This is float fishing. I recommend nothing shorter then a 10′ rod. This is also float fishing for Chinook. A rod rating of at least 10 to 20lb. will definitely get it done. The Fetha Styx SH-1045-2 is a fantastic rod for this exact application. The 1045 is found in the Homewater Series. Don’t let the fact that it says “Steelhead” on the rod scare you. This rod is ultra strong and can with-stand the pounding delivered  by Pacific Northwest Chinook. It also is a very comfortable rod to use all day, as it is extremely light to hold in the air as you mend line while float fishing.

Photos: Fetha Styx


I haven’t done much trout fishing since I was a kid. We used to go to Sun Valley, Idaho in the summer. While my dad would go play golf, I’d spend hours targeting trout in the local rivers and streams. I wasn’t sophisticated; I’d throw a float setup with a worm or salmon eggs and cast away. I’d see guys fly-fishin, and that type of fishing has continued to fascinate me as an adult. I’m sure I’ll pick it up at some point. In the meantime, I enjoy seeing my angling friends post their pictures.

One of my favorite species posted by friends is the brook trout. The colors on this fish are really amazing. In this post from the Orvis blog, learn all about this beautiful fish.

brooktrout_flyfishalbertaAlthough the brook trout (Salvelinus fontinalis) is not, in a fact, a trout at all, it is the most “troutlike” of the charrs. A sought-after game fish because it often lives in pristine waters and readily attacks flies of all kinds, it was the first “destination” fish in the Americas. Trains would transport anglers from New York and Boston to the mountains of Vermont and Maine just for the opportunity to lay into a big “squaretail.” While some cynics believe the brookie to be the dumbest of trout because it is supposedly easiest to fool, catching a trophy usually requires skill and patience. But anglers are known to marvel over the tiny, jewel-like brookies caught in headwater streams and dream of the monsters caught in Labrador’s lakes.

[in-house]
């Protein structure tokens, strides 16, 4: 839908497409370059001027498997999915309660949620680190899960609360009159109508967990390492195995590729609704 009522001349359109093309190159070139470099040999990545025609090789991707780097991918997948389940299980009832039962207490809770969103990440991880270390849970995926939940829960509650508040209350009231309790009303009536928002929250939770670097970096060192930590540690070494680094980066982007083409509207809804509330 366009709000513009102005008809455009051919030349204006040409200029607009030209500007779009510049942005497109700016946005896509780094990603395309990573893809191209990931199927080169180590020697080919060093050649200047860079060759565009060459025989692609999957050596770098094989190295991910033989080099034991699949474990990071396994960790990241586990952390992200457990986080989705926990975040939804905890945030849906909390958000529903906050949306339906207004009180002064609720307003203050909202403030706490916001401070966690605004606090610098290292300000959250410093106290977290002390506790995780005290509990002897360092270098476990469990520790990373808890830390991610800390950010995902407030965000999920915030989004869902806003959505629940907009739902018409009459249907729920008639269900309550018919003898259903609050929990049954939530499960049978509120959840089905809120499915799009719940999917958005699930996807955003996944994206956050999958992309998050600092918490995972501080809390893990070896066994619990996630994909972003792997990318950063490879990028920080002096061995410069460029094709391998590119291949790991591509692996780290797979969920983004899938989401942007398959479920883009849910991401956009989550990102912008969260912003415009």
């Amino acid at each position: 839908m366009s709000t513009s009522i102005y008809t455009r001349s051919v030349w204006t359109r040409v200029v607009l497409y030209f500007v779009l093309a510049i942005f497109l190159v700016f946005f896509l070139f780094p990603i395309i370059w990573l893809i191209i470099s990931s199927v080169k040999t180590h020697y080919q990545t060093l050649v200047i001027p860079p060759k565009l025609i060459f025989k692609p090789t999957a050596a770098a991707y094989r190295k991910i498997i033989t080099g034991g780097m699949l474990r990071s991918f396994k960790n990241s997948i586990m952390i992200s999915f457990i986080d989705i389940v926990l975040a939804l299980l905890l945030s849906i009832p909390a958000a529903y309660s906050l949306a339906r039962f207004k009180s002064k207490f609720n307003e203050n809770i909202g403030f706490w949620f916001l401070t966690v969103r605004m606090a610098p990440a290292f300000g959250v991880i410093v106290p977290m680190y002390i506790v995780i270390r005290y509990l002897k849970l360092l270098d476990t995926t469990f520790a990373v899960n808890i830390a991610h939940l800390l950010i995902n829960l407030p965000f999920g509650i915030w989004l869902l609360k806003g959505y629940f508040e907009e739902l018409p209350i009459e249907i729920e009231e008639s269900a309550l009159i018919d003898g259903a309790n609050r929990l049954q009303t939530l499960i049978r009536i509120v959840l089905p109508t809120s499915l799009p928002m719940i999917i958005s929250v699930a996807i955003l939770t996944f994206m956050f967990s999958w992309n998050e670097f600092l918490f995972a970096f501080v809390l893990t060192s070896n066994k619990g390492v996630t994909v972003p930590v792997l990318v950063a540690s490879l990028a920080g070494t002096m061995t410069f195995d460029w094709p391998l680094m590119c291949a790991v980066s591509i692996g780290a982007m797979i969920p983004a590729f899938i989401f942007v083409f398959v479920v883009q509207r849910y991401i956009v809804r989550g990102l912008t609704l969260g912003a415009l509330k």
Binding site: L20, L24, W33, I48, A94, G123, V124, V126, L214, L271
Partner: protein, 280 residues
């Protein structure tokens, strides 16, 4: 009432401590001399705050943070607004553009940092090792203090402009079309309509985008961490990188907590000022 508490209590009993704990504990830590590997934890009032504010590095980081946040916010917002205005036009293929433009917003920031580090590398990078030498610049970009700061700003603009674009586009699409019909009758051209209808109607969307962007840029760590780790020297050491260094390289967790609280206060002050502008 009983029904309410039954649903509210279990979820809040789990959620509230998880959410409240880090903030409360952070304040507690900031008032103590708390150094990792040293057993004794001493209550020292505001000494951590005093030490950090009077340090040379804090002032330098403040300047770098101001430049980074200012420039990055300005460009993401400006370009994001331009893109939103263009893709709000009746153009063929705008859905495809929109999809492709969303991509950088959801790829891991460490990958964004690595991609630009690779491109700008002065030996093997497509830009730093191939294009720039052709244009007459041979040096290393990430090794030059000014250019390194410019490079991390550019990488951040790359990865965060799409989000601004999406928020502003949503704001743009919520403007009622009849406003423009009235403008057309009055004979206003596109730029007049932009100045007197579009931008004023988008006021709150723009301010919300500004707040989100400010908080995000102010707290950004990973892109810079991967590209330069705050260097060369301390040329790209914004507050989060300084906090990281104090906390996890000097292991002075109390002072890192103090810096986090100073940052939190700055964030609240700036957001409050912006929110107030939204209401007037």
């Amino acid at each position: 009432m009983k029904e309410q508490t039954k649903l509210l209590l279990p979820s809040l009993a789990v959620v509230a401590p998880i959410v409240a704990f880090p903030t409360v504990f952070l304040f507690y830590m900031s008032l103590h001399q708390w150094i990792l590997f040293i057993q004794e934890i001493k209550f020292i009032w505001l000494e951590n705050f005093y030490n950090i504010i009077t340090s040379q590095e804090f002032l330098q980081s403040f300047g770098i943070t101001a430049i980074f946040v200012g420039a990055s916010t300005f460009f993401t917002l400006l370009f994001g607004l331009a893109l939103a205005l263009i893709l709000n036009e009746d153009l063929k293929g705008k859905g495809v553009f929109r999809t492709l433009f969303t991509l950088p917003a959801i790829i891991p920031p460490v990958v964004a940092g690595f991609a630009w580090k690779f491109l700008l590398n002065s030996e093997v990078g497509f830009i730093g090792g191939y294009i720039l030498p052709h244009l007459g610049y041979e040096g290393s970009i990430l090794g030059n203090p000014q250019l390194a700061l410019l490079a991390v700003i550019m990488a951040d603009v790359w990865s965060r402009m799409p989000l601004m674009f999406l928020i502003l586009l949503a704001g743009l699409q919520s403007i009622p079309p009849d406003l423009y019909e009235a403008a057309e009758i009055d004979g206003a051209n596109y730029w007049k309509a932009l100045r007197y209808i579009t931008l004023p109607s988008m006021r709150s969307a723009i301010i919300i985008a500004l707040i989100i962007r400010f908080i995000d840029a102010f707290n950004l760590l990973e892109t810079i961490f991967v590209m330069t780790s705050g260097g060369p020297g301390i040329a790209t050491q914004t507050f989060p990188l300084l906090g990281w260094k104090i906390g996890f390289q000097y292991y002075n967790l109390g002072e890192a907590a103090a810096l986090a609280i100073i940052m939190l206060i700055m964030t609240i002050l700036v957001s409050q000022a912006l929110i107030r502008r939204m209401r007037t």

Range and Life History

The original range of the brook trout encompasses much of the northeastern corner of North America, including the streams of the high Appalachians as far south a Georgia, and extending west to the Hudson Bay and Great Lakes Basins. Biologists identify two genetically distinct strains of brook trout—a northern and southern strain—with the boundary being the New River drainage in southwestern Virginia. The southern strain, often called “speckled trout,” is less genetically diverse, making populations more fragile and susceptible to change and catastrophic events.

Photos: Mike Jennette (top); Fly Fish Alberta (above)


Anglers are creatures of habit. It’s nice to be able to dial in your boat, gear, and lures for a specific kind of fishing. When everything is optimized for success, it feels good. You’re comfortable and at the top of your game.

What happens, though, when conditions change? Whether you’re a tournament bass angler or a weekend warrior, consistent success depends on being adaptable. Conditions change from day to day, sometimes moment to moment when you’re on the water. You can try to chase the conditions you want, or you can learn to adapt.

Fall is a transition time for muskie fishing. If you maintain your summertime tactics, you’ll have a hard time being successful. This article from Outdoor News breaks it down on how to adapt for success.

muskie_smallWhat is likely the least understood period in the muskie-fishing season is the time leading up to turnover, when anglers who target breaklines and deep water struggle.

The water often turns green with algae bloom, the weeds may begin to die, and many fishermen become nomadic as they look for lakes where the bite is still on.

The truth is, you don’t have to look far for hungry muskies. You just have to check out the shallows, what some call the “skinny” water.

Why muskies make this predictable movement to shallow water is anybody’s guess. Maybe the water is warmer, particularly in the afternoon, or maybe they like the sanctity of the thickest weeds in the lake. Whatever is affecting muskies is also affecting baitfish, because many of them take up residence in the shallows, too. That alone may be the reason muskies move in from the deep.

Photos: Ottawa River Keeper (top); Outdoor News (above)